There are various other developments that a mostly free market approach will greatly favor over an authoritarian approach. If that’s lying, I want more lies like that. By contrast, most of the really ardent green advocates want power for themselves and massive socialism, which is the really big lie, because it ALWAYS fails and ALWAYS takes liberty away (which is more important than life, IMO).

    1. Daze says:

      Sigh. You really don’t understand science at all, do you? To take the most simple bit: if you put a big block of ice in a warm room, it takes a while to melt. If the block of ice is three miles thick and 836,330 square miles, it takes a bit longer than that. Just because we’re not yet knee-deep in water in coastal cities (Florida excepted) doesn’t mean that what we’re doing isn’t going to get us there in due course.

      1. R. Hamilton says:

        The info I’ve seen suggests that by far the worst consequences of global warming, _if_ it indeed will have dire consequences, will be in Asia…where the greenhouse emissions per unit productivity are likely the highest.

        While their emissions are rising (as they strive to rise out of poverty and into a technological lifestyle, I suppose), ours are already well below historical peaks. So let the ones who are dirtiest, bear the burden, either of the cost or the consequences. I don’t want to cut my lifestyle to subsidize their survival.

        Besides, as you say, massive changes don’t happen instantly…and what we experience in the next few years will be because of what we did maybe a decade or more ago; so accelerating the reduction by liberty-destroying authoritarian means and/or massive redistribution won’t help, if letting tech get there on its own produces a good enough result.

        The problem is socialists, authoritarians, and developing countries. Liberty is NEVER the problem, except for the contradiction that it prevents us from simply ridding ourselves of those that are the problem.

        1. Antoinette Frates says:

          Besides, as you say, massive changes don’t happen instantly…and what we experience in the next few years will be because of what we did maybe a decade or more ago; so accelerating the reduction by liberty-destroying authoritarian means and/or massive redistribution won’t help, if letting tech get there on its own produces a good enough result.
          This is why we choose not to have kids. Did you? From this post it seems you only care for the now. Will your offspring love or hate you? Not my problem, so move along and no need to respond.

  2. Daze says:

    Climate science 102: almost all of the last 25 years have highest temperatures on average than any previous records. Science not being ever 100% sure, there is a very small chance that this is not caused by human action. If that were to be true, then it is even more important that we take action to reduce carbon, because it is long-established that carbon dioxide passes UV and absorbs IR, thus making the planet hotter.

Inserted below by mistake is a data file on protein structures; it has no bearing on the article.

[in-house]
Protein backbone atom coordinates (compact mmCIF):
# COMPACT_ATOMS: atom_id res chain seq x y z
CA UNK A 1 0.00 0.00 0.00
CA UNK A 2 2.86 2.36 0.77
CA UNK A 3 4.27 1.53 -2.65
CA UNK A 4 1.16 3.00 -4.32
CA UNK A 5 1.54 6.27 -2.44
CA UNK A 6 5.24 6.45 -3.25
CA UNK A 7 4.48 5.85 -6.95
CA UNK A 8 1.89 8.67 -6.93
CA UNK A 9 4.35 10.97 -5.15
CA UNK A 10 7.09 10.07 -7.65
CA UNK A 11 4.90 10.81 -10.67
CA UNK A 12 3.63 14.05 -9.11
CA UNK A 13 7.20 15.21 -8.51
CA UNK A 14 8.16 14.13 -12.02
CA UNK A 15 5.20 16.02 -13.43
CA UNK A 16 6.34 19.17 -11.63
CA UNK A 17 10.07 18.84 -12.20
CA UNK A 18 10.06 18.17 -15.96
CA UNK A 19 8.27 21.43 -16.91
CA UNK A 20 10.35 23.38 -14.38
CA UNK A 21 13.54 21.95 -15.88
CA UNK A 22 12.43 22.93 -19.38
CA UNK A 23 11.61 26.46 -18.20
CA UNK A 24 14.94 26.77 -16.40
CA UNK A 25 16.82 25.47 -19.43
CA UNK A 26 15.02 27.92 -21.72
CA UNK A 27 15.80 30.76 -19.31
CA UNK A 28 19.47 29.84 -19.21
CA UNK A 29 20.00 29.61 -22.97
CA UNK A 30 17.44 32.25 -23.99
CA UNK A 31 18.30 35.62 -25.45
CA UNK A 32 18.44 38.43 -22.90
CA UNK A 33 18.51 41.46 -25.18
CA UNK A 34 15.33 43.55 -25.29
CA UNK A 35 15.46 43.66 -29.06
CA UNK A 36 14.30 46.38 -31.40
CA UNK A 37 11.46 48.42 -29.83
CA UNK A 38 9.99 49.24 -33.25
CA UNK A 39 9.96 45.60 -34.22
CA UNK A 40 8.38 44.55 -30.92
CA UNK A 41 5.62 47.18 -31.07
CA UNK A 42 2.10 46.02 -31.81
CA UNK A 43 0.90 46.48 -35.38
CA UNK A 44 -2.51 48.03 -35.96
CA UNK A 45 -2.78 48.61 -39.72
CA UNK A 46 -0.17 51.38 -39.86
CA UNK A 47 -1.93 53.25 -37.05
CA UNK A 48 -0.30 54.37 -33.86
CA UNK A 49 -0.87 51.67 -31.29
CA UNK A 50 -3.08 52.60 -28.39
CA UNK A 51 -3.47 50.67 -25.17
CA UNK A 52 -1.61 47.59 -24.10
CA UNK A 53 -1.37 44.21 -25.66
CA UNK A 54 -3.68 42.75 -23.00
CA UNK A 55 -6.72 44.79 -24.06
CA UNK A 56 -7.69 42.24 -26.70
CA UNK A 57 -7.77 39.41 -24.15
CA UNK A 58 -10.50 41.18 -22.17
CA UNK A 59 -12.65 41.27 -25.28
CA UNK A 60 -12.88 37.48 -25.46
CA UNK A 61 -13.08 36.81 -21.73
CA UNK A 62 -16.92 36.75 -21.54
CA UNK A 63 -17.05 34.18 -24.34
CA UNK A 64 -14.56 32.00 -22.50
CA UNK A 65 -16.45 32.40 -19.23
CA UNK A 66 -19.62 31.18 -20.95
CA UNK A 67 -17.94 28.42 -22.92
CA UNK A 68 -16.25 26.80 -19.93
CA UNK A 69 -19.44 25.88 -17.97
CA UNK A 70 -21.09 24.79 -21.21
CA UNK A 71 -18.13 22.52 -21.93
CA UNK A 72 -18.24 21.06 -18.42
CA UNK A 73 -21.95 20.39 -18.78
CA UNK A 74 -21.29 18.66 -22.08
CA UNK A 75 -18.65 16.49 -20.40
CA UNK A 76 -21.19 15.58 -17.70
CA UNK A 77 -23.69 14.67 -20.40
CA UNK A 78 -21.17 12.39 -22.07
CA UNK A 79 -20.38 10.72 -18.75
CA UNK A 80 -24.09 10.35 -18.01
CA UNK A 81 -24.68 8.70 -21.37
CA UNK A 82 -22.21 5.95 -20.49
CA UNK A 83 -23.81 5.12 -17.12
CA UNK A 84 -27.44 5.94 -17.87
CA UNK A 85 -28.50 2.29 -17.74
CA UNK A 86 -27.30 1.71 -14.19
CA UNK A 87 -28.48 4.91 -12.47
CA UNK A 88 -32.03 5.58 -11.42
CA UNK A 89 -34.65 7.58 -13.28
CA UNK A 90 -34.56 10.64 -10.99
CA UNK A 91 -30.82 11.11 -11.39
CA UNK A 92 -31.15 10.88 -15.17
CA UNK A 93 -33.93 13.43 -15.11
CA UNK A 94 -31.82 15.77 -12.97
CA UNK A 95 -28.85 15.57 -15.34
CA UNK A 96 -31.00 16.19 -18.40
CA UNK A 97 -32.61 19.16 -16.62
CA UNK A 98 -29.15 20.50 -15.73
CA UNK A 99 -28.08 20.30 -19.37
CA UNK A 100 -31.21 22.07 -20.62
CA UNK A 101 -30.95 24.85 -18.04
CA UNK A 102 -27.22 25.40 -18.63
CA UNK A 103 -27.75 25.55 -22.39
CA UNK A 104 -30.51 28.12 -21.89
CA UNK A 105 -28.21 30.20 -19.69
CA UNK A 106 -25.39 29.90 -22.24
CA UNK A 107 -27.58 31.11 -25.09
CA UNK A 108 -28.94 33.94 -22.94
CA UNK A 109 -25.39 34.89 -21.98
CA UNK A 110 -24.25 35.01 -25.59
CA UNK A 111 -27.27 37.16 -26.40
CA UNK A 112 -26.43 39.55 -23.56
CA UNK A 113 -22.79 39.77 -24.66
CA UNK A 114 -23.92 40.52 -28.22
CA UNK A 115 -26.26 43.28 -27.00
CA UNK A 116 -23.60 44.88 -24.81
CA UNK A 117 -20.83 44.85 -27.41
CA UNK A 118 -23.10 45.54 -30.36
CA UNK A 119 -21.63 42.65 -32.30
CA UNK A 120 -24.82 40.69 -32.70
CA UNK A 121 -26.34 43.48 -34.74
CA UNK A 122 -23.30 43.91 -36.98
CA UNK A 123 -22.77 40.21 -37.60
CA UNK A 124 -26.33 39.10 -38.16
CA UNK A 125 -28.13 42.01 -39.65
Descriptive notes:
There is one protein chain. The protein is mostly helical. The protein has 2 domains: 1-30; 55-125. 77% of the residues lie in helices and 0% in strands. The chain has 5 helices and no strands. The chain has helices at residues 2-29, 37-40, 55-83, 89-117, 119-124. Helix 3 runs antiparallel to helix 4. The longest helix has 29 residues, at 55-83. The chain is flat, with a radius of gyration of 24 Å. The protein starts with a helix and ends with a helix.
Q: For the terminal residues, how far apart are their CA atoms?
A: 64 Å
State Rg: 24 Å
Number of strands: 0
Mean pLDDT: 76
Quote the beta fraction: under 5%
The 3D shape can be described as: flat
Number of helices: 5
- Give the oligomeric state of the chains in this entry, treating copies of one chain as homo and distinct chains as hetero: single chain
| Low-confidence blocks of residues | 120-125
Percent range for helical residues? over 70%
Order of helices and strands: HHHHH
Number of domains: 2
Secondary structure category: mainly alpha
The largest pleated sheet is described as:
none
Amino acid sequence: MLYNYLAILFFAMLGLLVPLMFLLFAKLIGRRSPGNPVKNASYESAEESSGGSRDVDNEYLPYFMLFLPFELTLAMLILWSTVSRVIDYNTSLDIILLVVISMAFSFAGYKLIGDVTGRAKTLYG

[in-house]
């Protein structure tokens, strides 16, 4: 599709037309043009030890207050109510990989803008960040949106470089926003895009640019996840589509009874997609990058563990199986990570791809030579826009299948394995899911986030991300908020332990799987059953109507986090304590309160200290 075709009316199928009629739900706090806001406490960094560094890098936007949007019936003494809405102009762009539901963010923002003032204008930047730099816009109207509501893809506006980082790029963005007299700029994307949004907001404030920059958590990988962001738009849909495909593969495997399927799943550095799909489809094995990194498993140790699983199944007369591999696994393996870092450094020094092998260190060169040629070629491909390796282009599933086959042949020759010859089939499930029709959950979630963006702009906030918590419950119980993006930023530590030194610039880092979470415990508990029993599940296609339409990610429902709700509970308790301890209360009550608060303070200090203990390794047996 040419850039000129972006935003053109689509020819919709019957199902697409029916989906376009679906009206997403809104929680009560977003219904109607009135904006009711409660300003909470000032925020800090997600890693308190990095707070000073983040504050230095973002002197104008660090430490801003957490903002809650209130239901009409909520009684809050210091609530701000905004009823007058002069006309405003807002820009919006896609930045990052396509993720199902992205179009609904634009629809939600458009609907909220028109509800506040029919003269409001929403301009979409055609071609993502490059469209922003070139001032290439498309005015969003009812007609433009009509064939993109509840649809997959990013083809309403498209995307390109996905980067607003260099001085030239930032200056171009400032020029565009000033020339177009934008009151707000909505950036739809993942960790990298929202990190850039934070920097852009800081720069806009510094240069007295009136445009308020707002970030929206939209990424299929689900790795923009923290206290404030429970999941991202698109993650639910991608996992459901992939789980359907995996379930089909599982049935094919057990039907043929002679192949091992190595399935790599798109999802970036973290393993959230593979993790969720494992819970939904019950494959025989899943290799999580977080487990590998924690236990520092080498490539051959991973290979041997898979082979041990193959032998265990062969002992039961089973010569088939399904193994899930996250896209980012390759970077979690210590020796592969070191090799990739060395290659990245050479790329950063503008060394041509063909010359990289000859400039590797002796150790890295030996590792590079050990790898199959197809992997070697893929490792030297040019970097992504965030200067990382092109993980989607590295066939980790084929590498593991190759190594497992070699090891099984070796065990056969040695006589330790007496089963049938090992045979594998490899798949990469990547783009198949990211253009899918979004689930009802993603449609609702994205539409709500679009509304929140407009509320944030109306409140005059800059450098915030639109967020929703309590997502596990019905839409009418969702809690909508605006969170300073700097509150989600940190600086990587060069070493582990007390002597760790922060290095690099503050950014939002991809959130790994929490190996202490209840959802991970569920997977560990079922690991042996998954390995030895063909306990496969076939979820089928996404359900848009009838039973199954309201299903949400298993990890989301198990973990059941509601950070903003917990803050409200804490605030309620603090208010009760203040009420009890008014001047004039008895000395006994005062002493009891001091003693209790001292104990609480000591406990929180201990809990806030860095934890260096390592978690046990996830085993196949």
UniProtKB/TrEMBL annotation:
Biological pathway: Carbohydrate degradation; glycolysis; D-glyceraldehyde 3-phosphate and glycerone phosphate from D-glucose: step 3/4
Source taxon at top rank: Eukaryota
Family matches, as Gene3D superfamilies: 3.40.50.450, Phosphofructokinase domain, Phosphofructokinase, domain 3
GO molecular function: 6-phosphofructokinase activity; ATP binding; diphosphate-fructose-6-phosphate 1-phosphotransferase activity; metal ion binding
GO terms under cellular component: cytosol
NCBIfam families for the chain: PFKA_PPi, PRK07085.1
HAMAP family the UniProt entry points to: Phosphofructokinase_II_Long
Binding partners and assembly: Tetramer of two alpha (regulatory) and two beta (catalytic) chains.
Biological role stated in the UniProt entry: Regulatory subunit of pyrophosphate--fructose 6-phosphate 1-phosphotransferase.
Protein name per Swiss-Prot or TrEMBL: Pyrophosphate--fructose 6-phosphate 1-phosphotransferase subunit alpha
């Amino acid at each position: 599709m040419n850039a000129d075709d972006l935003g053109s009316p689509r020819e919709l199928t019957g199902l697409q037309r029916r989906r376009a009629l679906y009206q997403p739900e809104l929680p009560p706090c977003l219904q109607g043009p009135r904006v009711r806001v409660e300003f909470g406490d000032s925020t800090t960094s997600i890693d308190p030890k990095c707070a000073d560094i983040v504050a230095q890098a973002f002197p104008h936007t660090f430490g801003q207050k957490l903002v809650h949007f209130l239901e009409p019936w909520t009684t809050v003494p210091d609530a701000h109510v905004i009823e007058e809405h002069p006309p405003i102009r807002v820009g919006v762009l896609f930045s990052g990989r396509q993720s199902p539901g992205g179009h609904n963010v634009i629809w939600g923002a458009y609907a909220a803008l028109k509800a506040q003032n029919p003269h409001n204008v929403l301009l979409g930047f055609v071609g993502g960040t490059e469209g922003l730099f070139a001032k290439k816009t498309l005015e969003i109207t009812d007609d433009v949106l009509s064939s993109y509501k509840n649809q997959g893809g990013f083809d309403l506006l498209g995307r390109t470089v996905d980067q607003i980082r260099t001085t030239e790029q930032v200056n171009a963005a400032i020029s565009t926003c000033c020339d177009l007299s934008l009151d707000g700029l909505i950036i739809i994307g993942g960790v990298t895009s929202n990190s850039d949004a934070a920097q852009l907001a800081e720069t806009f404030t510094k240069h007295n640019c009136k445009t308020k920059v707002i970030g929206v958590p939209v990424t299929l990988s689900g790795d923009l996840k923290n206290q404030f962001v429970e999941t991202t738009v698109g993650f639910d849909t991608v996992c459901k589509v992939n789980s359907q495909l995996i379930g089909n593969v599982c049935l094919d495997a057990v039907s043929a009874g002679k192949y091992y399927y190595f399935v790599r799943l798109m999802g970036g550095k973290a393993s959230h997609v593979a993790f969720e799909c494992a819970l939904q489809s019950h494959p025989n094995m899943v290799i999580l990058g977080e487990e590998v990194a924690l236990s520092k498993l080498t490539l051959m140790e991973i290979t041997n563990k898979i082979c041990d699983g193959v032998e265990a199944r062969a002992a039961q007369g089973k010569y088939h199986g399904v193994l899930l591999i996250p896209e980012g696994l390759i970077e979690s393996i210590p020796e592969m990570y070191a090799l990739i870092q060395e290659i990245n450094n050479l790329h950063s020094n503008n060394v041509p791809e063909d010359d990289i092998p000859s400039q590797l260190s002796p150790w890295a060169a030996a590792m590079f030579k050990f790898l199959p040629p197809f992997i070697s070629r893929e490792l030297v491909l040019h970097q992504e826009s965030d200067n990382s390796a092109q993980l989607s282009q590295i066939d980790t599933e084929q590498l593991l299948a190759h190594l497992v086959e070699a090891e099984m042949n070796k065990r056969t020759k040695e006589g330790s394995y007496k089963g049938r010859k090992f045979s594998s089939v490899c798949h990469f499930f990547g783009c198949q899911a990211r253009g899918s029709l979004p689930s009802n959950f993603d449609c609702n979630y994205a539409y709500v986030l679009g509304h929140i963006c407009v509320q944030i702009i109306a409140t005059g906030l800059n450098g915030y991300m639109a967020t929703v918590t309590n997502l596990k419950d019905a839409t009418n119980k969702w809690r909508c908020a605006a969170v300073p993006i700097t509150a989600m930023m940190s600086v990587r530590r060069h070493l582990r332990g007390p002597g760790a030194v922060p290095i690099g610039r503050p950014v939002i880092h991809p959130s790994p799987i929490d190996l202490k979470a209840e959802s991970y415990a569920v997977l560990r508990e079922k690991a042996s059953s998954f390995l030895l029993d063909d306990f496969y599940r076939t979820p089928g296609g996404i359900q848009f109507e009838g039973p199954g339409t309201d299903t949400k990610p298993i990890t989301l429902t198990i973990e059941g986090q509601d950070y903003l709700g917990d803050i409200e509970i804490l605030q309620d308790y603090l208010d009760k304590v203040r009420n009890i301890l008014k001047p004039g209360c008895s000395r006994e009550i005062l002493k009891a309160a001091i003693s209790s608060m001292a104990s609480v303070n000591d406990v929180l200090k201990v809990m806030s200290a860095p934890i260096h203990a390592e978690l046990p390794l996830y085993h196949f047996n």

3. Wine Guy says:

    Stay on topic, gents: the post is about lies, damn lies, and politics (to paraphrase Clemens).
    There are plenty of other columns here on the environment.
    ———————–

    If Trump actually believes what he says then he isn’t a necessarily a liar, he’s a narcissistic sociopath and worthy of even less trust than the starry-eyed masses who support him think. A generous reading of the Mueller Report (yes, some of us actually spent the time) supports the idea that the only reason he isn’t being impeached is that many on his staff went through extraordinary contortions to keep him out of trouble. If you want to get down to brass tacks, the only reason there was not more of an investigation is that the FBI Director was in his back pocket – a reverse Hoover, if you will.

    It was inevitable that when ‘shading the truth’ and ‘spin’ have become the norm, that outright lies would become acceptable.

    Go back to middle school and re-read “Animal Farm” and “1984.” It took 30 years longer than he predicted, but Orwell’s prophecies have arrived.

  4. Gerald Fnord says:

    I believe that there is a concerted attempt to make politicians look more corrupt than they are on the part of 0.) persons who consider themselves unfairly impeded by government, for example when they wish to pollute or discriminate, and 1.) actually corrupt politicians.

    The first is an attempt to smear the referee because they don’t want rules to apply to them. The second is more subtle: when ‘they all do it’ is believed, and usually believed without nuance, then the corrupt will be judged using other criteria, e.g. (as was the case of a co-worker’s support of James Traficant) ‘he puts on a good show’.

    Nuance is important here: without it, a cop who accepts a free coffee from a shop-owner becomes the same as one who does hits for the Mob.

Leave a Reply to R. Hamilton Cancel reply

Your email address will not be published.